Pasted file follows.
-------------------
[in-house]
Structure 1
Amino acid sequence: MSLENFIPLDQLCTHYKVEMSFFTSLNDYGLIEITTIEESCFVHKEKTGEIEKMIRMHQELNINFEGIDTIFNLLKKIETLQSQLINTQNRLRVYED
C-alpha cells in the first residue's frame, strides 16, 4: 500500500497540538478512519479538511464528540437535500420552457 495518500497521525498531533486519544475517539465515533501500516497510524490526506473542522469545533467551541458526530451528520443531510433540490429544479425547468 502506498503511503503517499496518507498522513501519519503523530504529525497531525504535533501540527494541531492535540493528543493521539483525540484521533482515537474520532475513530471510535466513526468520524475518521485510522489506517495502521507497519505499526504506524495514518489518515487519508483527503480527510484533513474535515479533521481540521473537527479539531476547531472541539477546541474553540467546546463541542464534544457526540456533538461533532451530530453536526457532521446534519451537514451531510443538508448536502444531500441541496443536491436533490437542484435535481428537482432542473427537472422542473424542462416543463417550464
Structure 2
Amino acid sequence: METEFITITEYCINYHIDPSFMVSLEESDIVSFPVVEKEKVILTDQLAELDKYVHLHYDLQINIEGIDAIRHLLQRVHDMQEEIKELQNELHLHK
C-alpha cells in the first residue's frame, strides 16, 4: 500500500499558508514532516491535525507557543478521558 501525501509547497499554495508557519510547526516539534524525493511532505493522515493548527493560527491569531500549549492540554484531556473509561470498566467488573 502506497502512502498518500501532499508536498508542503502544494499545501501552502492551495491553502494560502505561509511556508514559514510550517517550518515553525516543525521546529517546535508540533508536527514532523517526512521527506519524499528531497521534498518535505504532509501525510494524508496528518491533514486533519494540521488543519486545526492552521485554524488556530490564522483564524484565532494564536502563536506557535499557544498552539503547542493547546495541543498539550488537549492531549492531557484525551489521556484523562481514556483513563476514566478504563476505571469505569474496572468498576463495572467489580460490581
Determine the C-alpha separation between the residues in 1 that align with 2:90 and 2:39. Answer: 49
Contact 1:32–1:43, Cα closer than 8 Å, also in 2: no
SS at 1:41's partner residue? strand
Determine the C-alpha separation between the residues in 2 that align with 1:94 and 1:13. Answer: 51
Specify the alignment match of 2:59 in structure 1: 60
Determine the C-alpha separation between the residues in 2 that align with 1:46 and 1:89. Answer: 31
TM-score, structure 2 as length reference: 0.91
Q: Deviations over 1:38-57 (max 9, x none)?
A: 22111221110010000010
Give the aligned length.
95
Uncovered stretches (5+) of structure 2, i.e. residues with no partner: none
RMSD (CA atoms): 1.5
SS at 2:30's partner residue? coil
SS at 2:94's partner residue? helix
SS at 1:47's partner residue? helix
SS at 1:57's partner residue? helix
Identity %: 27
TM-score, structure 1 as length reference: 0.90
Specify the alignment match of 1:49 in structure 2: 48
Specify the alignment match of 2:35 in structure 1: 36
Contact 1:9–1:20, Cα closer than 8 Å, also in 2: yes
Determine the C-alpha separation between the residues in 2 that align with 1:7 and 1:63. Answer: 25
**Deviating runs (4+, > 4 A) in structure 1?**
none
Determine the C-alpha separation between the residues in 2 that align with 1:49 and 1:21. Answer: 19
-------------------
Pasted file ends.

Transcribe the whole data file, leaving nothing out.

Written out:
[in-house]
Structure 1
Amino acid sequence: MSLENFIPLDQLCTHYKVEMSFFTSLNDYGLIEITTIEESCFVHKEKTGEIEKMIRMHQELNINFEGIDTIFNLLKKIETLQSQLINTQNRLRVYED
C-alpha cells in the first residue's frame, strides 16, 4: 500500500497540538478512519479538511464528540437535500420552457 495518500497521525498531533486519544475517539465515533501500516497510524490526506473542522469545533467551541458526530451528520443531510433540490429544479425547468 502506498503511503503517499496518507498522513501519519503523530504529525497531525504535533501540527494541531492535540493528543493521539483525540484521533482515537474520532475513530471510535466513526468520524475518521485510522489506517495502521507497519505499526504506524495514518489518515487519508483527503480527510484533513474535515479533521481540521473537527479539531476547531472541539477546541474553540467546546463541542464534544457526540456533538461533532451530530453536526457532521446534519451537514451531510443538508448536502444531500441541496443536491436533490437542484435535481428537482432542473427537472422542473424542462416543463417550464
Structure 2
Amino acid sequence: METEFITITEYCINYHIDPSFMVSLEESDIVSFPVVEKEKVILTDQLAELDKYVHLHYDLQINIEGIDAIRHLLQRVHDMQEEIKELQNELHLHK
C-alpha cells in the first residue's frame, strides 16, 4: 500500500499558508514532516491535525507557543478521558 501525501509547497499554495508557519510547526516539534524525493511532505493522515493548527493560527491569531500549549492540554484531556473509561470498566467488573 502506497502512502498518500501532499508536498508542503502544494499545501501552502492551495491553502494560502505561509511556508514559514510550517517550518515553525516543525521546529517546535508540533508536527514532523517526512521527506519524499528531497521534498518535505504532509501525510494524508496528518491533514486533519494540521488543519486545526492552521485554524488556530490564522483564524484565532494564536502563536506557535499557544498552539503547542493547546495541543498539550488537549492531549492531557484525551489521556484523562481514556483513563476514566478504563476505571469505569474496572468498576463495572467489580460490581
Determine the C-alpha separation between the residues in 1 that align with 2:90 and 2:39. Answer: 49
Contact 1:32–1:43, Cα closer than 8 Å, also in 2: no
SS at 1:41's partner residue? strand
Determine the C-alpha separation between the residues in 2 that align with 1:94 and 1:13. Answer: 51
Specify the alignment match of 2:59 in structure 1: 60
Determine the C-alpha separation between the residues in 2 that align with 1:46 and 1:89. Answer: 31
TM-score, structure 2 as length reference: 0.91
Q: Deviations over 1:38-57 (max 9, x none)?
A: 22111221110010000010
Give the aligned length.
95
Uncovered stretches (5+) of structure 2, i.e. residues with no partner: none
RMSD (CA atoms): 1.5
SS at 2:30's partner residue? coil
SS at 2:94's partner residue? helix
SS at 1:47's partner residue? helix
SS at 1:57's partner residue? helix
Identity %: 27
TM-score, structure 1 as length reference: 0.90
Specify the alignment match of 1:49 in structure 2: 48
Specify the alignment match of 2:35 in structure 1: 36
Contact 1:9–1:20, Cα closer than 8 Å, also in 2: yes
Determine the C-alpha separation between the residues in 2 that align with 1:7 and 1:63. Answer: 25
**Deviating runs (4+, > 4 A) in structure 1?**
none
Determine the C-alpha separation between the residues in 2 that align with 1:49 and 1:21. Answer: 19